He added, “Egypt wants to set the equation for stability, development and international investments in the region, amid the growing international conflict and competition in the Nile Basin region and the Horn of Africa, which may push regional and international actors to intervene directly in a way that maintains the power balance and stability in the Nile Basin and guarantees Egyptian interests.”
Abdel Wahab noted, “Sisi’s deterrence messages come at a time when Ethiopia has an expansion project at the expense of neighboring countries, and it is assisted by regional and international powers. Ethiopia will not back down from its practices in the Nile waters without real international pressure.”
He added, “There is still a chance for dialogue, but it will go away if Ethiopia takes actual measures to start the second-phase filling, with the central part of the dam being elevated.”
In response to Sisi’s statements, a number of Arab and African countries, including Saudi Arabia, Bahrain, Jordan, Oman and Kuwait, issued statements to back the Egyptian position that Egyptian water security is part of Arab security and to support any efforts that contribute to ending the GERD crisis while taking into account the interests of all parties.
The Democratic Republic of the Congo (DRC), in its capacity as AU Chair, invited the foreign ministers of Egypt, Sudan and Ethiopia to meet in Kinshasa over a period of three days starting April 3, without adhering to the international quartet mechanism that Egypt and Sudan had proposed in March to have the AU, the United States, the European Union and the United Nations mediate in the negotiations, which Ethiopia rejected.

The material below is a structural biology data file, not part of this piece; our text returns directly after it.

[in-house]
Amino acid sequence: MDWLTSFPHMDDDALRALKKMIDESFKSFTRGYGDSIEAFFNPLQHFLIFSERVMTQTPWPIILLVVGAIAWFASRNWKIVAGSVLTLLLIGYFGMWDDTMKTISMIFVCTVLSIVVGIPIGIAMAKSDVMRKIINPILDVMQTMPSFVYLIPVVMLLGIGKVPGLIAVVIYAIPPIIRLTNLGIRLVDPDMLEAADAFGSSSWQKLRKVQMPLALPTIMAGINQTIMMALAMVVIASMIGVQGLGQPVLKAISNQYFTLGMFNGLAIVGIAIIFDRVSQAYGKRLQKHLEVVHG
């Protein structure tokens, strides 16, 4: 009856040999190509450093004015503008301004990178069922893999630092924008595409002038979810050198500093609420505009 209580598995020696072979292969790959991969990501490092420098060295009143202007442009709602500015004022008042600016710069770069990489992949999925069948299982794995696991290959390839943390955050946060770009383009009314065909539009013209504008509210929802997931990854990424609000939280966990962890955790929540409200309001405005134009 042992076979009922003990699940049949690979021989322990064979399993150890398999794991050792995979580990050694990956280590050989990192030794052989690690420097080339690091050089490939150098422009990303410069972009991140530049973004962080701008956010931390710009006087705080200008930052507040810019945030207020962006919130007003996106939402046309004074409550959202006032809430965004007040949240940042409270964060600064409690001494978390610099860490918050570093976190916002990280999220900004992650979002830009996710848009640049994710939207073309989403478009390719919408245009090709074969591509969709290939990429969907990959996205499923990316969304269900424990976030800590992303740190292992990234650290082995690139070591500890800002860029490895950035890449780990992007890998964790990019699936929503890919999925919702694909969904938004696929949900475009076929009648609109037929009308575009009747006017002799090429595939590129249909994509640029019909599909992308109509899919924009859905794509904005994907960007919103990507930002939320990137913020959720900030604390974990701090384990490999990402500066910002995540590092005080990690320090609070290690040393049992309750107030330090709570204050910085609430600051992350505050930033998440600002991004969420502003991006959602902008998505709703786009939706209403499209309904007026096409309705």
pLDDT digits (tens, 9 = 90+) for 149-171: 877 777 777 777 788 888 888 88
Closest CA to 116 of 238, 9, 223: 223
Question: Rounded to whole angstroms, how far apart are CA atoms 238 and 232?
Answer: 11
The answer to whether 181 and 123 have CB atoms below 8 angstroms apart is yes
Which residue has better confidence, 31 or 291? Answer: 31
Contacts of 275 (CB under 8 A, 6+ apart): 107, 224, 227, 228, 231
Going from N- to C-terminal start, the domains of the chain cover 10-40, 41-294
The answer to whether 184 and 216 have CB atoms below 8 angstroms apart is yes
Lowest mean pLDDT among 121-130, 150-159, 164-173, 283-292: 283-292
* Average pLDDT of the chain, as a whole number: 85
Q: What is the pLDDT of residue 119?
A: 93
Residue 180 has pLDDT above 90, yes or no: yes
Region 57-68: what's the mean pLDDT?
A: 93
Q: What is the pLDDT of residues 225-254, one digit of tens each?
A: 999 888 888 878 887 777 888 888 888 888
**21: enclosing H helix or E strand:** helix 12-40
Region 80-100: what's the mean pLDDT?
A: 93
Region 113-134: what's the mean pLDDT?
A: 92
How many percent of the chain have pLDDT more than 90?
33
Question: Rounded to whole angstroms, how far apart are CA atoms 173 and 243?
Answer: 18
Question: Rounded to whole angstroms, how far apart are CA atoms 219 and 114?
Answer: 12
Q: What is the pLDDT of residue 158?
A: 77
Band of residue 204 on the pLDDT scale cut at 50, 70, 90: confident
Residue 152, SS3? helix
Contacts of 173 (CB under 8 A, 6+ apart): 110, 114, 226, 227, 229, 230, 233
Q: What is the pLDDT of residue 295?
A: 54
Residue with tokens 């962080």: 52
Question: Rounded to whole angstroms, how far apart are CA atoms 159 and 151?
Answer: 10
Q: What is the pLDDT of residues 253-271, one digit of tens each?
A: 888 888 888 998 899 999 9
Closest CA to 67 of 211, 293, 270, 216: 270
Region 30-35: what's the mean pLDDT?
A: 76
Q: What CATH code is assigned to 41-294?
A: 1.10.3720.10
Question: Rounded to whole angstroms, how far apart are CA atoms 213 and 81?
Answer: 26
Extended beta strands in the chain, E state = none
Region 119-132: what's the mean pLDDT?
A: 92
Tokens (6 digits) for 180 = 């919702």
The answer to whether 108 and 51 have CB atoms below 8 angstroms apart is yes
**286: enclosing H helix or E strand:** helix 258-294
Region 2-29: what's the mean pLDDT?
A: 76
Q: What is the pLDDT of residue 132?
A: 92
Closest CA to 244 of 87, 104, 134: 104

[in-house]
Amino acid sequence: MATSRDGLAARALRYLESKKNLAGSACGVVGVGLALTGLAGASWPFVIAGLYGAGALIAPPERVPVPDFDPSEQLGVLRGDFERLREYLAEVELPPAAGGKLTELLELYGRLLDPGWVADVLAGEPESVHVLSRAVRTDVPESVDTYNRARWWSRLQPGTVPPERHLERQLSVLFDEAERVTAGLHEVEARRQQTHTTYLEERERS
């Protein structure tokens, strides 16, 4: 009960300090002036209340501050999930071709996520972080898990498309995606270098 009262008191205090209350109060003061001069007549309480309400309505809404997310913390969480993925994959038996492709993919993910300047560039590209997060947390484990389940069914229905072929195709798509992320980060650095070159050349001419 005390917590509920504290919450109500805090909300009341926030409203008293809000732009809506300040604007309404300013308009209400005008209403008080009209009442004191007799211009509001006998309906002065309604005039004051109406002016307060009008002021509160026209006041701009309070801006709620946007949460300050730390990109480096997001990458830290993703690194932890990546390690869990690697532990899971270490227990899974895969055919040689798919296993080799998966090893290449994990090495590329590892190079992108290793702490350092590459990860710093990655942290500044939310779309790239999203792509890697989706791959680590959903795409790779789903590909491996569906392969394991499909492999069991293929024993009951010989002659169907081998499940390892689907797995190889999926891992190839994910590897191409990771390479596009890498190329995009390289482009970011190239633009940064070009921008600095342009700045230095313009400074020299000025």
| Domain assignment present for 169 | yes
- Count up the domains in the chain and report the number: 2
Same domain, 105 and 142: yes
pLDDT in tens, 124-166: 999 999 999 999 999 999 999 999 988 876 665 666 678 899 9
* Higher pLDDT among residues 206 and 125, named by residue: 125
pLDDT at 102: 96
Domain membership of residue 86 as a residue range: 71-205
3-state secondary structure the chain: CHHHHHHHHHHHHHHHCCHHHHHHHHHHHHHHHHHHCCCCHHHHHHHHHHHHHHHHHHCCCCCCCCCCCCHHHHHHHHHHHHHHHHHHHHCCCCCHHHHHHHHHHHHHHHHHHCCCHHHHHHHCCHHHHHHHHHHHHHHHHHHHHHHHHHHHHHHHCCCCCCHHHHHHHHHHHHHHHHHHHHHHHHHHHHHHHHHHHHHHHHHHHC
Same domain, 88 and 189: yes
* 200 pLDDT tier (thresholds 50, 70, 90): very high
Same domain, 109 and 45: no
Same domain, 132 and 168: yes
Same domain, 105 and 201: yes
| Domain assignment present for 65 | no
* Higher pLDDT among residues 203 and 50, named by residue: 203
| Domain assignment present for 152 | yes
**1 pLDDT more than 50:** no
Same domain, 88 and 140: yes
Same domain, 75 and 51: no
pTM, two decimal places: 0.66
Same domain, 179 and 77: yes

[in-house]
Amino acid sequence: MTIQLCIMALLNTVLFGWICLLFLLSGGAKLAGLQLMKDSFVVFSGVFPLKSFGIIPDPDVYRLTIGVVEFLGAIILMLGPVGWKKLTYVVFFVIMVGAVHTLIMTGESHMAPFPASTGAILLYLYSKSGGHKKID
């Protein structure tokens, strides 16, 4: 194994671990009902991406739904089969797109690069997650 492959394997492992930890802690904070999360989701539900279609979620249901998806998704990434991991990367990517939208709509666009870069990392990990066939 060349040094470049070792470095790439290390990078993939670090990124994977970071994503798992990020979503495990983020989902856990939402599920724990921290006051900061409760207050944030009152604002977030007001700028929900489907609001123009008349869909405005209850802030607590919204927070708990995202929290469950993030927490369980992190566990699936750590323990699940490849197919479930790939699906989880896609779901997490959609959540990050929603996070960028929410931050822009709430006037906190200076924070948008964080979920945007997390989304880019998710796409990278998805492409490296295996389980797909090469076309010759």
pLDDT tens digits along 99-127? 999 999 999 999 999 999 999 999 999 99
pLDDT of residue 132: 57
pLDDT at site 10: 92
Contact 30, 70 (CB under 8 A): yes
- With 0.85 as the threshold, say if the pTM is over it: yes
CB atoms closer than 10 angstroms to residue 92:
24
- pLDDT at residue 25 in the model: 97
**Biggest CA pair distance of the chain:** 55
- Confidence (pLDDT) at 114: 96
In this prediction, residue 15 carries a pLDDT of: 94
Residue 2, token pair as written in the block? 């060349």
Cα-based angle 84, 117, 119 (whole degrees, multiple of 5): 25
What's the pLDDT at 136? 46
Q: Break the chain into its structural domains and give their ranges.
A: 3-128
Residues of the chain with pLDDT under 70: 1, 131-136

The foreign ministers’ meeting will take place after the UAE tried to play a mediating role between Sudan and Ethiopia to resolve the border crisis and the GERD issue, without including Egypt. A Sudanese delegation, including the foreign and defense ministers, traveled to the UAE on March 26, but the visit’s outcome is yet to be announced.
The UAE’s mediation between Ethiopia and Sudan, without including Egypt, was interpreted by observers of African affairs in Egypt as an attempt to break and weaken the recent Egyptian-Sudanese coordination against Ethiopia’s policies on the GERD.
Hani Raslan, an expert on African affairs at Al-Ahram Center for Political and Strategic Studies, posted on his Facebook account, warning against the dangers of concluding a bilateral agreement between Addis Ababa and Khartoum on the second filling, saying, “Once the second filling of the dam’s reservoir is completed, Sudan will turn into a hostage to Ethiopian decisions. This would weaken any objections or political or legal reservations toward Ethiopia and its actions in the Nile waters in the future. Storing 18.5 billion cubic meters means that Ethiopia has the ability to flood Sudan by simply opening the gates of the dam.”